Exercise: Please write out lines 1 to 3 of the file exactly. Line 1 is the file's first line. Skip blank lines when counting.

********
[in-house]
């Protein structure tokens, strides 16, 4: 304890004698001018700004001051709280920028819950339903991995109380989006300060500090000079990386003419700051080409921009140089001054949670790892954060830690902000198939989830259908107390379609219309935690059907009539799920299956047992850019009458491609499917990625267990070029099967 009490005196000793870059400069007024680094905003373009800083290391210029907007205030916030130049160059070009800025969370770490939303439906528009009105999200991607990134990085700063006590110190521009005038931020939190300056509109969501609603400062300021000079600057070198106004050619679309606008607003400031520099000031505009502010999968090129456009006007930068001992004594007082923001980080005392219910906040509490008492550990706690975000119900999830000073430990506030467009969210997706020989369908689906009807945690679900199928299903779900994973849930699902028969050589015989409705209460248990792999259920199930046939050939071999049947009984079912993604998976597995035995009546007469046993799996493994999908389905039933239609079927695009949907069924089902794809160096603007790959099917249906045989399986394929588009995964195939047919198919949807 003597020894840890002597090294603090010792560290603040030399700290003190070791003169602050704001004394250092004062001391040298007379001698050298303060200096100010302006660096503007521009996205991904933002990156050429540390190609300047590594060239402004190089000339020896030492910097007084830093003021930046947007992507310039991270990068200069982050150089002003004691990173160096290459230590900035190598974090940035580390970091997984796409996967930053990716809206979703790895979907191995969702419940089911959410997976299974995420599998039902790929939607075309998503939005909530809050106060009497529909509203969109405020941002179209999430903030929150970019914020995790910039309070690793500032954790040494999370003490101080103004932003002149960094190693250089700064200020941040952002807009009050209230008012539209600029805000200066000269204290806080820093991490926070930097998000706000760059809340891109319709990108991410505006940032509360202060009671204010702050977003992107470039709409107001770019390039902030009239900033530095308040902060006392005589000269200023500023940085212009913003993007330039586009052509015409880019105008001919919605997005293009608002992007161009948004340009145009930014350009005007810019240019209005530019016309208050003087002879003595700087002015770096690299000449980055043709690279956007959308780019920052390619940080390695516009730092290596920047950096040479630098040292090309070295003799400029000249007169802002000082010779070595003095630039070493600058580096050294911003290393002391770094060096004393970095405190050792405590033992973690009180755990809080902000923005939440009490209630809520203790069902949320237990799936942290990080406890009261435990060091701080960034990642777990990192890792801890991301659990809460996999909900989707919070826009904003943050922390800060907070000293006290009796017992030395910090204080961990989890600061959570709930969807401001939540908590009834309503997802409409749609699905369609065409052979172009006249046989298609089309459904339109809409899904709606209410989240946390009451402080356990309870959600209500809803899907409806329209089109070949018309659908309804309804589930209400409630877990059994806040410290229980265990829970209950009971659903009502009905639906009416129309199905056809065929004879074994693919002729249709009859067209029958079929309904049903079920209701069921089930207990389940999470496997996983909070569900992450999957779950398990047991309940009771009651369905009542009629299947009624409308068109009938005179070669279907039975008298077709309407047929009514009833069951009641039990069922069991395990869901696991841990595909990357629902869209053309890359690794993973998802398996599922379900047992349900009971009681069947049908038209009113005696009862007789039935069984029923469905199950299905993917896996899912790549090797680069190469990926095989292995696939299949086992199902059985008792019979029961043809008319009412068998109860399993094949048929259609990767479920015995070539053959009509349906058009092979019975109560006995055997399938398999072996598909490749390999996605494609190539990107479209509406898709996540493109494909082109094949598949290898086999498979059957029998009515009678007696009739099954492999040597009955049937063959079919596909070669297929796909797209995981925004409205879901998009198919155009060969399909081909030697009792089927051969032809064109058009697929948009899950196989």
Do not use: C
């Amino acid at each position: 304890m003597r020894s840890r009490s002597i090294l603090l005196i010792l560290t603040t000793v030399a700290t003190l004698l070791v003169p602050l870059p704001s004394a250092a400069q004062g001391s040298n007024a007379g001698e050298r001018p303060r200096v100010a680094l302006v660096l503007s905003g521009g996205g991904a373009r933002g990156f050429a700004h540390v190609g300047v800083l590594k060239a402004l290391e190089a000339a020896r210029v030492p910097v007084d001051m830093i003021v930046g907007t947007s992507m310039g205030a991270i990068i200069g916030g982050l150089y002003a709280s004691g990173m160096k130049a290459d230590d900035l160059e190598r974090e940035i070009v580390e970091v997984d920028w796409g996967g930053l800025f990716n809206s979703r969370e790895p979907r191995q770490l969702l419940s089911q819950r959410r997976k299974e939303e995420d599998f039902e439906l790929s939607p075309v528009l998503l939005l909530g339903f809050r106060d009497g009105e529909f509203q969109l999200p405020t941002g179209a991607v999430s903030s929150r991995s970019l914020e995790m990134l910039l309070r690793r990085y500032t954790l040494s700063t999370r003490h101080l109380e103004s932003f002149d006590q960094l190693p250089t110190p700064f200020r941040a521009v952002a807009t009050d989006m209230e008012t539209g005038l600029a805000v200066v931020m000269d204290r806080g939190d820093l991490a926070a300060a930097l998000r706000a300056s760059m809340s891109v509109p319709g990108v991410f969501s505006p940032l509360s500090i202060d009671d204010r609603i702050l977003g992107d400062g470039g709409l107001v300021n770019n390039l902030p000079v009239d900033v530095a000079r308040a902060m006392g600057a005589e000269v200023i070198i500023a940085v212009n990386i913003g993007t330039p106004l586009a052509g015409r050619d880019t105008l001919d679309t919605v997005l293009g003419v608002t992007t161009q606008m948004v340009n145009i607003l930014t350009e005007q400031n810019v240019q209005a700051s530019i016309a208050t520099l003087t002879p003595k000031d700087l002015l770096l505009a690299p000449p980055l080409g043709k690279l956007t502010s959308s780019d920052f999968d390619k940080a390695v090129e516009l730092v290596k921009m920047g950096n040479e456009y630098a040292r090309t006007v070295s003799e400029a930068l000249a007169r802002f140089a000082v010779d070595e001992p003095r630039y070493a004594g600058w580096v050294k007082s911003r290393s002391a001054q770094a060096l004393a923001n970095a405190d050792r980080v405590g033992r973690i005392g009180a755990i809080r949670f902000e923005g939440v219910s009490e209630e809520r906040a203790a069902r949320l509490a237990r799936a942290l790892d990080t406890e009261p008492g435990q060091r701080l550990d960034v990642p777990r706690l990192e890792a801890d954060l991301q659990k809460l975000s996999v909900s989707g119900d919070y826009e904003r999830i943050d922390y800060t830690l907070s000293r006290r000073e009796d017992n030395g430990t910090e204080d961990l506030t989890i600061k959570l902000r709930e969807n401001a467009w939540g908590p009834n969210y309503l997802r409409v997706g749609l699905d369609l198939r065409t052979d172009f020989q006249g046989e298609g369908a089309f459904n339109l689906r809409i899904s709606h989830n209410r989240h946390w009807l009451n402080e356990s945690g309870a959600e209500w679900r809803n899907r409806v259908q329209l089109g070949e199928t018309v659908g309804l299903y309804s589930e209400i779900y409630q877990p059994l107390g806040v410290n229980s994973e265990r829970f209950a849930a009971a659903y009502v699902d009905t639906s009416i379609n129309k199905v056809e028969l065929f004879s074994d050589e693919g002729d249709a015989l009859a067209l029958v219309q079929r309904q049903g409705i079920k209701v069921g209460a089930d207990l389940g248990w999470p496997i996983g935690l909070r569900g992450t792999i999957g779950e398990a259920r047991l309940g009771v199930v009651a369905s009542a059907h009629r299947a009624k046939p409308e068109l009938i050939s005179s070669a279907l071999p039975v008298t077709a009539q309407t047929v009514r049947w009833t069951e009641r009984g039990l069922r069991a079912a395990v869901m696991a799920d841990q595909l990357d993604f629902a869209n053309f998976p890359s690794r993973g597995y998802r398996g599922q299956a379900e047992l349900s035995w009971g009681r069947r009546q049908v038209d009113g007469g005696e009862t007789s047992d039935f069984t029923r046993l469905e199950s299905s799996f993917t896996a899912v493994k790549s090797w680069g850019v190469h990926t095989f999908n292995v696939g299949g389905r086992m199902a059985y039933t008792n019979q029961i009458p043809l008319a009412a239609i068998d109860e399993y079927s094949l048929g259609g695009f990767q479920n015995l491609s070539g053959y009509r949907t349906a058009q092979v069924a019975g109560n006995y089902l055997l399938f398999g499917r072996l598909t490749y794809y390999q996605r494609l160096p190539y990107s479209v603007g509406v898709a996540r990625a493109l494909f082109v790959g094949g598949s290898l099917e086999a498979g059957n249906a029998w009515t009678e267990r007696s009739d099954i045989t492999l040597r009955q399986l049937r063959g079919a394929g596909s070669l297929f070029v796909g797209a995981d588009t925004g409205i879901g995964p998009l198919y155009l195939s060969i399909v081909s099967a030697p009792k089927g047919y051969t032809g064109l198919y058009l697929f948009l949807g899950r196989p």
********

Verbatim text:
[in-house]
């Protein structure tokens, strides 16, 4: 304890004698001018700004001051709280920028819950339903991995109380989006300060500090000079990386003419700051080409921009140089001054949670790892954060830690902000198939989830259908107390379609219309935690059907009539799920299956047992850019009458491609499917990625267990070029099967 009490005196000793870059400069007024680094905003373009800083290391210029907007205030916030130049160059070009800025969370770490939303439906528009009105999200991607990134990085700063006590110190521009005038931020939190300056509109969501609603400062300021000079600057070198106004050619679309606008607003400031520099000031505009502010999968090129456009006007930068001992004594007082923001980080005392219910906040509490008492550990706690975000119900999830000073430990506030467009969210997706020989369908689906009807945690679900199928299903779900994973849930699902028969050589015989409705209460248990792999259920199930046939050939071999049947009984079912993604998976597995035995009546007469046993799996493994999908389905039933239609079927695009949907069924089902794809160096603007790959099917249906045989399986394929588009995964195939047919198919949807 003597020894840890002597090294603090010792560290603040030399700290003190070791003169602050704001004394250092004062001391040298007379001698050298303060200096100010302006660096503007521009996205991904933002990156050429540390190609300047590594060239402004190089000339020896030492910097007084830093003021930046947007992507310039991270990068200069982050150089002003004691990173160096290459230590900035190598974090940035580390970091997984796409996967930053990716809206979703790895979907191995969702419940089911959410997976299974995420599998039902790929939607075309998503939005909530809050106060009497529909509203969109405020941002179209999430903030929150970019914020995790910039309070690793500032954790040494999370003490101080103004932003002149960094190693250089700064200020941040952002807009009050209230008012539209600029805000200066000269204290806080820093991490926070930097998000706000760059809340891109319709990108991410505006940032509360202060009671204010702050977003992107470039709409107001770019390039902030009239900033530095308040902060006392005589000269200023500023940085212009913003993007330039586009052509015409880019105008001919919605997005293009608002992007161009948004340009145009930014350009005007810019240019209005530019016309208050003087002879003595700087002015770096690299000449980055043709690279956007959308780019920052390619940080390695516009730092290596920047950096040479630098040292090309070295003799400029000249007169802002000082010779070595003095630039070493600058580096050294911003290393002391770094060096004393970095405190050792405590033992973690009180755990809080902000923005939440009490209630809520203790069902949320237990799936942290990080406890009261435990060091701080960034990642777990990192890792801890991301659990809460996999909900989707919070826009904003943050922390800060907070000293006290009796017992030395910090204080961990989890600061959570709930969807401001939540908590009834309503997802409409749609699905369609065409052979172009006249046989298609089309459904339109809409899904709606209410989240946390009451402080356990309870959600209500809803899907409806329209089109070949018309659908309804309804589930209400409630877990059994806040410290229980265990829970209950009971659903009502009905639906009416129309199905056809065929004879074994693919002729249709009859067209029958079929309904049903079920209701069921089930207990389940999470496997996983909070569900992450999957779950398990047991309940009771009651369905009542009629299947009624409308068109009938005179070669279907039975008298077709309407047929009514009833069951009641039990069922069991395990869901696991841990595909990357629902869209053309890359690794993973998802398996599922379900047992349900009971009681069947049908038209009113005696009862007789039935069984029923469905199950299905993917896996899912790549090797680069190469990926095989292995696939299949086992199902059985008792019979029961043809008319009412068998109860399993094949048929259609990767479920015995070539053959009509349906058009092979019975109560006995055997399938398999072996598909490749390999996605494609190539990107479209509406898709996540493109494909082109094949598949290898086999498979059957029998009515009678007696009739099954492999040597009955049937063959079919596909070669297929796909797209995981925004409205879901998009198919155009060969399909081909030697009792089927051969032809064109058009697929948009899950196989």
Do not use: C